Background: The aim of this study was to develop a tool to measure the family's difficulties in caring for cancer patients at the end of life at home: Family's Difficulty Scale in end-of-life home care (FDS).
Methods: The draft of the FDS was derived from a pilot interview survey and literature reviews. The questionnaires were sent to 395 bereaved family caregivers whose family members were patients with terminal cancer receiving home service.
Results: We obtained 306 responses (response rate, 81%). Factor analysis resulted in 29 items and 8 factors: Burden of Care, Concerns about Home Care Doctor, Balance of Work and Care, Patient's Pain and Condition, Concerns about Visiting Nurse, Concerns about Home Care Service, Relationship between Family Caregivers and their Families, and Funeral Preparations. The cumulative rate of contribution was 71.8%. Cronbach coefficient α for the FDS was 0.73–0.75; the intraclass correlation coefficient in the test–retest examination was 0.75–0.85. Evidence for construct validity was confirmed by convergent and divergent validity. Concurrent validity was confirmed by significant correlations between identified factors and concurrent measures.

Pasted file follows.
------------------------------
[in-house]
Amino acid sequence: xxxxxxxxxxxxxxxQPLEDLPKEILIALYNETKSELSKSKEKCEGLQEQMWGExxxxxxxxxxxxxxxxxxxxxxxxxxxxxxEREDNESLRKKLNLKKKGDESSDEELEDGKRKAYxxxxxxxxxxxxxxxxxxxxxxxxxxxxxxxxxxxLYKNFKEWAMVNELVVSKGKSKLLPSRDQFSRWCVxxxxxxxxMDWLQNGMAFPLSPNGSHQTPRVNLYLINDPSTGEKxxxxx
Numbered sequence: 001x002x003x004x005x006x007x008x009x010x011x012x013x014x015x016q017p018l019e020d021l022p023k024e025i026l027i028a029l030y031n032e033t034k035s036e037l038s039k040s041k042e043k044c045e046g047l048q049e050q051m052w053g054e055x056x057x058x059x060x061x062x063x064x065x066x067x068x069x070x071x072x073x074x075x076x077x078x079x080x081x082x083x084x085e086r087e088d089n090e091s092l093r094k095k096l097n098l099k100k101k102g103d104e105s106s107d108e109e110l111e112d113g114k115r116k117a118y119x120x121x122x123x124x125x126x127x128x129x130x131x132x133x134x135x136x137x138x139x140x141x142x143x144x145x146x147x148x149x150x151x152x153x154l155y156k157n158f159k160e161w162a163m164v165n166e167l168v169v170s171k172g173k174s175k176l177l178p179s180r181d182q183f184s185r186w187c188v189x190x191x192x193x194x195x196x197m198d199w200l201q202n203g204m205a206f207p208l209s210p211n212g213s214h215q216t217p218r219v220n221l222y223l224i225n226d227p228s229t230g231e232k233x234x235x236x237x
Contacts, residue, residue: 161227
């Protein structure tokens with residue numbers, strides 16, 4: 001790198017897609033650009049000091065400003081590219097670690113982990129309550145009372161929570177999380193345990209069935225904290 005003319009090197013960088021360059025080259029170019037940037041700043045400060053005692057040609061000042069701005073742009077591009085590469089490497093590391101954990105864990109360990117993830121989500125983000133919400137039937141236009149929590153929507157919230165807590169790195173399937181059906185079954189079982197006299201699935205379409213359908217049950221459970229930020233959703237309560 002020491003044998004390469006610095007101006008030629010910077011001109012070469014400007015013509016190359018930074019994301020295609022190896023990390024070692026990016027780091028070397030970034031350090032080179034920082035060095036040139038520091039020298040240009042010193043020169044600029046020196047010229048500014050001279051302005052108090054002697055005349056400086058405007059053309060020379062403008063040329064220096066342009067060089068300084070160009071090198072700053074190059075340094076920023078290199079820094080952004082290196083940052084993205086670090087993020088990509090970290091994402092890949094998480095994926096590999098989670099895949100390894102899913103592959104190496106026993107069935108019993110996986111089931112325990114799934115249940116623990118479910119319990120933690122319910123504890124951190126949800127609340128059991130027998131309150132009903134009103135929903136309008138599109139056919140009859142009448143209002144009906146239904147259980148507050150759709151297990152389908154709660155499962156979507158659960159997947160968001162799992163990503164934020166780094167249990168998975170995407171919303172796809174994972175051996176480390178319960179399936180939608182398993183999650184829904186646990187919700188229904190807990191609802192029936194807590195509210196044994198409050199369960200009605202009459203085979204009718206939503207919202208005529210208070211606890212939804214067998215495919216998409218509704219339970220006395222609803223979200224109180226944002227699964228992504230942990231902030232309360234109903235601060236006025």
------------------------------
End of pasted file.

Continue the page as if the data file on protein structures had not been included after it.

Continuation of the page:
Conclusion: The validity and reliability of this new instrument were confirmed. This scale should help home care providers to assess and focus on family difficulties and provide individualized care for the family who cares for a patient with terminal cancer at home.